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Sean Townsend and Somnambulist Red
By Ben Larson
Fort Wayne Reader
The story of Sean Townsend and his band, Somnambulist Red is closely associated with the entire Fort Wayne metal scene of the last 10 years or so. With ties to Fog, Typhus, Graves of the Endless Fall, The Lurking Corpses, ad infinitum, Townsend seems to have played with every metal musician worth his salt. “It’s really been an incestuous kind of thing,” he joked when recalling all the people with whom he has collaborated over the years.
That being said, these days Somnambulist Red is more of a progressive rock band than a metal outfit, though they retain the same sort of eerie, nightmarish qualities that are reminiscent of metal music.
The band just released their fourth official album, Suspended Between Shores, and the story of how that album came to be is really the story of the group itself.
“The band has been around now for ten years as of February. It started off as a two-man project with a guy named Alex. It was much more ambient, with no real cohesion between the songs. It wasn’t until ’06 when I started incorporating other elements outside of the ambient.”
Since then, Somnambulist Red developed a style that lately is more reminiscent of groups like Goblin (the Italian prog-rock band responsible for scoring many of Dario Argento’s films), or even Vangelis at times, and Townsend himself describes the overall aesthetic as “cinematic soundscapes.” There is a reason for that, as all of S.R.’s official albums, except Suspended Between Shores, have also doubled as soundtracks to Townsend’s short films. “The first time I had a live band at all for Somnambulist Red was when we played a show at Cinema Center Tech [in 2007]. I had made a short film called ‘Dream with a Window’, and had recorded everything for the soundtrack myself, but I was able to put together a pretty interesting team for that show.” Citing logistical issues, that lineup didn’t last, but Townsend has since been able to put together musicians who have allowed Somnambulist Red to further broaden their scope and sound.
“Darran [Dearing] is the bass player. He was in Fog back in the day, as well as The Lurking Corpses. He’s in like six bands right now, I think. He’s so good. We’re also in another band, called Maligned Starfist, where he’s writing all the songs and playing guitar, and I’m playing bass. We’ve been in projects together, and friends, since ’97, but once he expressed interest in playing with Somnambulist Red [beginning with 2009’s And Floating Viscera], I think it really changed what I could do with the band.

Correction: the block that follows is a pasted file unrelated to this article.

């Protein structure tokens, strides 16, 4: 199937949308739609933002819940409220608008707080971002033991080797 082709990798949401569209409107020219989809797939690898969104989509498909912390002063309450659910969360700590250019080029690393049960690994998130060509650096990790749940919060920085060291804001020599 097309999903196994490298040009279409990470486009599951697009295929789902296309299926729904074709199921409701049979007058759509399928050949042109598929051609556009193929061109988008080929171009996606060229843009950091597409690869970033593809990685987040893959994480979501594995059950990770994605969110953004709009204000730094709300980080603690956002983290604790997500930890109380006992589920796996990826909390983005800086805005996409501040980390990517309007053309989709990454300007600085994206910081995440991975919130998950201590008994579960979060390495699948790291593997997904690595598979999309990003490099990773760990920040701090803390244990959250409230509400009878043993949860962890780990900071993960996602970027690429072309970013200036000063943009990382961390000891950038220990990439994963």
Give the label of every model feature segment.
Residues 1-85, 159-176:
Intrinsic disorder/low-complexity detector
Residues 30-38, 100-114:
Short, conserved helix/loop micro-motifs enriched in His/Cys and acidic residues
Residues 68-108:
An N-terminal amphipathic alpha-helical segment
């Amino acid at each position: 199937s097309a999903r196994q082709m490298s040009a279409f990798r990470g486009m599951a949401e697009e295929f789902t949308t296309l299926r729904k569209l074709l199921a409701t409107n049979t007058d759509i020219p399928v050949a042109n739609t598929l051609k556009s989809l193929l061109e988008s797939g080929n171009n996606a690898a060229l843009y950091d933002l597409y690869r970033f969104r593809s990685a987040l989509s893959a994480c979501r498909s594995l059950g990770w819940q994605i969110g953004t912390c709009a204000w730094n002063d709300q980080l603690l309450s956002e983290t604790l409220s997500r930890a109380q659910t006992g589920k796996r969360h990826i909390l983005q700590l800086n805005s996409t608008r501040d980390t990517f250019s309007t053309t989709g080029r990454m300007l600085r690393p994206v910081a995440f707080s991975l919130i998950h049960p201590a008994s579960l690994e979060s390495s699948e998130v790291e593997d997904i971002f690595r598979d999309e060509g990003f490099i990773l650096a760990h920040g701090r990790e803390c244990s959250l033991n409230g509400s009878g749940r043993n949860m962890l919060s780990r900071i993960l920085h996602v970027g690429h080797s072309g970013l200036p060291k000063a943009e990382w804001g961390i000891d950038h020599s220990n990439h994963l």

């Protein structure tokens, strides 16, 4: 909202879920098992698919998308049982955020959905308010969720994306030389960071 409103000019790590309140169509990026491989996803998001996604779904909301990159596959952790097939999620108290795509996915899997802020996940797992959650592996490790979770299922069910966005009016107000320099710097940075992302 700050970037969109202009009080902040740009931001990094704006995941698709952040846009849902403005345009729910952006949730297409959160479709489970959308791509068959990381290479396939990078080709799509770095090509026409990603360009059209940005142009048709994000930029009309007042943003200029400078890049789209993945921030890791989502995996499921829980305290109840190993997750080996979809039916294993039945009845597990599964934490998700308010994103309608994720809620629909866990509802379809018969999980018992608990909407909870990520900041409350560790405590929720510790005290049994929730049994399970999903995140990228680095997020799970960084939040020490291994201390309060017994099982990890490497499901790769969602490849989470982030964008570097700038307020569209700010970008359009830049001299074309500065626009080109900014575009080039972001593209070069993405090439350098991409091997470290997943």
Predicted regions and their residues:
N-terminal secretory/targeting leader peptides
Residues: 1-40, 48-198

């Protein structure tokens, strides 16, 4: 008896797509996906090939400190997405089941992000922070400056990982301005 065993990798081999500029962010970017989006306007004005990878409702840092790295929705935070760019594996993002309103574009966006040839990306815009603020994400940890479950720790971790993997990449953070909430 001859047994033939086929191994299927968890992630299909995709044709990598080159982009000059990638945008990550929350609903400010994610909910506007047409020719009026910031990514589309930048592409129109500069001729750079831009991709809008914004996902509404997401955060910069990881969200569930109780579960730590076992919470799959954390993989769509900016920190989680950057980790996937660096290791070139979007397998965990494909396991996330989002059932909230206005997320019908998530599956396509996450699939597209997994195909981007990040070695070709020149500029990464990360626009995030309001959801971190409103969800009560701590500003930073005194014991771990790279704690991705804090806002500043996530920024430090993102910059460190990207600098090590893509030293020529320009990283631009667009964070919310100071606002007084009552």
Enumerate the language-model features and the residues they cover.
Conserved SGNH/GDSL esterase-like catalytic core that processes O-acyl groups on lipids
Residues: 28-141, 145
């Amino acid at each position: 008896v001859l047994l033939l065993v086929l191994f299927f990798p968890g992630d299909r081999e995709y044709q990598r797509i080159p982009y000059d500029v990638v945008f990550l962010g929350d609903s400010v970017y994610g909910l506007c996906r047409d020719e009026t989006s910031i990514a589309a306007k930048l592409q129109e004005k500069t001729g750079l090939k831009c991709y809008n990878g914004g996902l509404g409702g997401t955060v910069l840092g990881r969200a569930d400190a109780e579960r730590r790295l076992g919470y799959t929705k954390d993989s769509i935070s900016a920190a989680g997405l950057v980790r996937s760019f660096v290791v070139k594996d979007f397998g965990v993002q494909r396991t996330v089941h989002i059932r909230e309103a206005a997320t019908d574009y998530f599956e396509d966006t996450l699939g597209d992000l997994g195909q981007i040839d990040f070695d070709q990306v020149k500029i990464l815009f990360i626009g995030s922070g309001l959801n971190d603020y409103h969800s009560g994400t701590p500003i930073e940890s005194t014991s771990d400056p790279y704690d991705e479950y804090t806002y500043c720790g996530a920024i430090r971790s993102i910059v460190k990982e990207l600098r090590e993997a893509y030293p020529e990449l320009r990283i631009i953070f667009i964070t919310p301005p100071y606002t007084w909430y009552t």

“I’ve also been playing with another metal drummer now, which is Jeff [Mhaghnius], who also plays drums in Typhus and Maligned Starfist. He’s on the newest album, and I think he did a great job. A lot of the stuff he did really surprised me, being that he’s from such a metal background, and he’s such a metal guy, but he was expressing parts that I don’t think he ever had a chance to get out playing black metal. He was talking about his Stewart Copeland influences, to which I was like ‘yes, do that as much as possible,’ and I can hear it in certain songs and passages. And all three of us love Voivod, so it was like ‘yes, make it as sci-fi as possible.’
“That’s how we got to that stage in this particular project. Then I just started writing songs in March and April of 2010, and immediately when Jeff picked up the gist of the first song, it led to how I wrote all of the other songs, and they’re more upbeat, and have more rock stylings that perhaps I’ve had before.”
As much as Townsend is clearly the lead songwriter of the group, he’s also quick to give credit where credit is due. “I write the songs, but we all arrange them, and the arranging is such a huge part of it. So I’m writing it, but I can’t take credit for how good they sound or what they’re contributing to it in any way.”
One thing Townsend can take 100% credit for, however, is the artwork for the album, which is where his background as a visual artist becomes apparent. Suspended Between Shores comes in an over-sized package, with full LP-quality artwork. Every copy of the album is also hand-numbered and signed by Townsend (mine is #34/500), which gives each one a feeling of being special and unique. “It’s like I’m saying, hopefully unpretentiously, that this is a finished piece of art. This is something that I can present to other people, and not be embarrassed about. Also, I despise jewel cases, and I feel like it’s something that could be displayed as a piece of art, or would go along vinyl in people’s homes, but hopefully it’s more memorable because it is a framed piece of art. That’s certainly what I’m going for.”
Somnambulist Red can be found on Facebook or at myspace.com/somnambulistred